The preferred method of circumventing router security seems to be toolkit called Vault7. Online security experts claimed that CIA’s home-made hacking toolkit is capable of removing network passwords by tampering with the device’s firmware.

As you would imagine, with this router hacking toolkit, the state agency could easily monitor user’s data, without them being aware of it. One workaround for this issue would be to find an ISP whose routers have the latest firmware security updates.

Internet Service providers have deployed antispyware measures and with plans like HughesNet Satellite Internet eavesdropping attempts are daunted straight away.

NHS Becomes Target Practice for Ransomware Creators

WannaCry, the latest ransomware addition, has managed to cripple entire networks in over 150 countries. However, according to the reports, it would seem that Great Britain’s NHS and FEDEX have bore the brunt of these breaches.

Aftermath estimates should that at least half a dozen of health institutions from around the country were unable to ensure patients’ data security. Furthermore, following the attack, several hospitals had to postpone interventions and to cancel patient appointments.

Security experts believe that the WannaCry ransomware managed to infiltrate the network via phishing attempts. The viral malware code was embedded in emails, which were sent to various addresses. When the recipient opened the email, the viral content would delete the user’s pass codes, encrypting the data with its own password.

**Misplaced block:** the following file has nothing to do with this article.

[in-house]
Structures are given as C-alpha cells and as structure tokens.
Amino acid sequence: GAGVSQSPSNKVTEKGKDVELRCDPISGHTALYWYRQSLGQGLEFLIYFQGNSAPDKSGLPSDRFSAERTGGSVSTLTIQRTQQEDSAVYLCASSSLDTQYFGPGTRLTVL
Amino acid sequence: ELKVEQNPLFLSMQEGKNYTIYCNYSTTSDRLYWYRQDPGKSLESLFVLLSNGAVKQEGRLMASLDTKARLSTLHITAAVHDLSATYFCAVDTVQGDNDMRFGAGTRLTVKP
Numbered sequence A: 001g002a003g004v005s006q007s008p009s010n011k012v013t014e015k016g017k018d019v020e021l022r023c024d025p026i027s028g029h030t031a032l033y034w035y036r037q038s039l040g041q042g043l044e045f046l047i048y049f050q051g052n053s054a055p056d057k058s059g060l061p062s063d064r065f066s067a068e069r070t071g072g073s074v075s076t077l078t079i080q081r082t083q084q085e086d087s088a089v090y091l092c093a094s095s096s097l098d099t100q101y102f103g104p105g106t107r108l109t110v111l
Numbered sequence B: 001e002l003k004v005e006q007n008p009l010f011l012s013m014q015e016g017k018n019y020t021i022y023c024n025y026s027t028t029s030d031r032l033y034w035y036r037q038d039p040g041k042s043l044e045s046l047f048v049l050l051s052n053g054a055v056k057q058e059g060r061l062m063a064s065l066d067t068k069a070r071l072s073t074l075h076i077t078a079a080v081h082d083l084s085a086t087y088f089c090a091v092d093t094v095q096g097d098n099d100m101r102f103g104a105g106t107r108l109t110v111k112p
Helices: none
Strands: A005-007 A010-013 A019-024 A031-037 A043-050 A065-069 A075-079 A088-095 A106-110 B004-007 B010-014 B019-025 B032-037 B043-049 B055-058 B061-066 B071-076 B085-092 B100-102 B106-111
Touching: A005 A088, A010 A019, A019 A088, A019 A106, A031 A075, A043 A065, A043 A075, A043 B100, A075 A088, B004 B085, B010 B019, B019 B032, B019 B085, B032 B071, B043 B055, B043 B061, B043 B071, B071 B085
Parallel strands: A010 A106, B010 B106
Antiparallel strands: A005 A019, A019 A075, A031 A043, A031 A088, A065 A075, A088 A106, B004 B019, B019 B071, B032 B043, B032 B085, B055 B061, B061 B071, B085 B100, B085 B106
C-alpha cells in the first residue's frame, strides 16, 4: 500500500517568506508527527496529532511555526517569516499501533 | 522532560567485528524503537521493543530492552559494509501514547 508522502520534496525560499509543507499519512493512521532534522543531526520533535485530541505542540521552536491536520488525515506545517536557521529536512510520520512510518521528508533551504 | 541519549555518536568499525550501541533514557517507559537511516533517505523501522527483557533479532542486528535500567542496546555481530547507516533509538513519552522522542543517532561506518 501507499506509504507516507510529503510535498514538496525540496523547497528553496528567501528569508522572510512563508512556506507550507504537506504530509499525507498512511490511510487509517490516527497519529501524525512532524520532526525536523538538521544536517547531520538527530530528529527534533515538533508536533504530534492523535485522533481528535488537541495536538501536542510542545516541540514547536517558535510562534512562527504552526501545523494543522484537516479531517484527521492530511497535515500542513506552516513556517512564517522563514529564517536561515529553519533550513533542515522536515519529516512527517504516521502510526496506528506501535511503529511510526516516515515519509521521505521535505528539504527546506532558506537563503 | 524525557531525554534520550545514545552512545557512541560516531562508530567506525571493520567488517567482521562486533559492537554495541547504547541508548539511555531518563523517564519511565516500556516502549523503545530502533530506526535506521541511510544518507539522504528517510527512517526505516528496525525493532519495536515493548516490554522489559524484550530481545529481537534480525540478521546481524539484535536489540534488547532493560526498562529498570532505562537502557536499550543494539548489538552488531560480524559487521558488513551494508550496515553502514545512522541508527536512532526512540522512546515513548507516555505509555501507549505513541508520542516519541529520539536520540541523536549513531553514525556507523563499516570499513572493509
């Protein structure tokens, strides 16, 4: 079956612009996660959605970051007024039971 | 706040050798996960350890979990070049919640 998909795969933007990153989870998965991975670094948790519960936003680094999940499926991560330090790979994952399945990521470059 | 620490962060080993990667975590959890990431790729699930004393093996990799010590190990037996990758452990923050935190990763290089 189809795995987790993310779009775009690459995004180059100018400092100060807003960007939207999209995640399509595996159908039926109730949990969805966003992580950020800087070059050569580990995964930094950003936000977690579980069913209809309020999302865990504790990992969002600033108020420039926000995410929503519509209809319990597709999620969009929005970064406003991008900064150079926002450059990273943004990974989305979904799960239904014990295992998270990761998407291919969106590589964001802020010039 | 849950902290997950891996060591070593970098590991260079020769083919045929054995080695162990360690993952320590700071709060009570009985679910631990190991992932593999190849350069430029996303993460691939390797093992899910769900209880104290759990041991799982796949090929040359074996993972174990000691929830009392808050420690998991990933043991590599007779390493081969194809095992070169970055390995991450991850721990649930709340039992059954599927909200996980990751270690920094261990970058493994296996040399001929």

To retrieve the stolen data, the user or, in this case, the institution, would have to pay a Bitcoin ransom, which was usually between $300 and $600. At the end of the day, the Government was compelled to pay approximately $30,000 to regain control of the infected devices.

Freedom Hosting II Server Eliminated

Considered one of the largest and secured web hosts, the Freedom Hosting II server has also fallen prey to hackers. An in-depth analysis of the event reveals that Freedom Hosting II, which also hosts approximately 20 percent of all websites labeled as belonging to the dark web, was targeted by a single person, who managed to steal no less than 74 GB-worth of information from its database.

Allegedly, among the data stolen by the perpetrator was also the credentials to 380,000 email addresses, some of which belonged to governmental agencies. The analysis also revealed that the database also contained information on several dark web website which dealt in child pornography.

Conclusion

Although most of the events showcased by this article did not have disastrous consequences, it does reiterate the need to adopt more draconic security measures. Furthermore,despite that most of the data has been retrieved, these attacks again underline the fact that even a heavily-guarded objective such as the US nuclear power plant network can be as vulnerable and prone to attacks as a unsecured home network.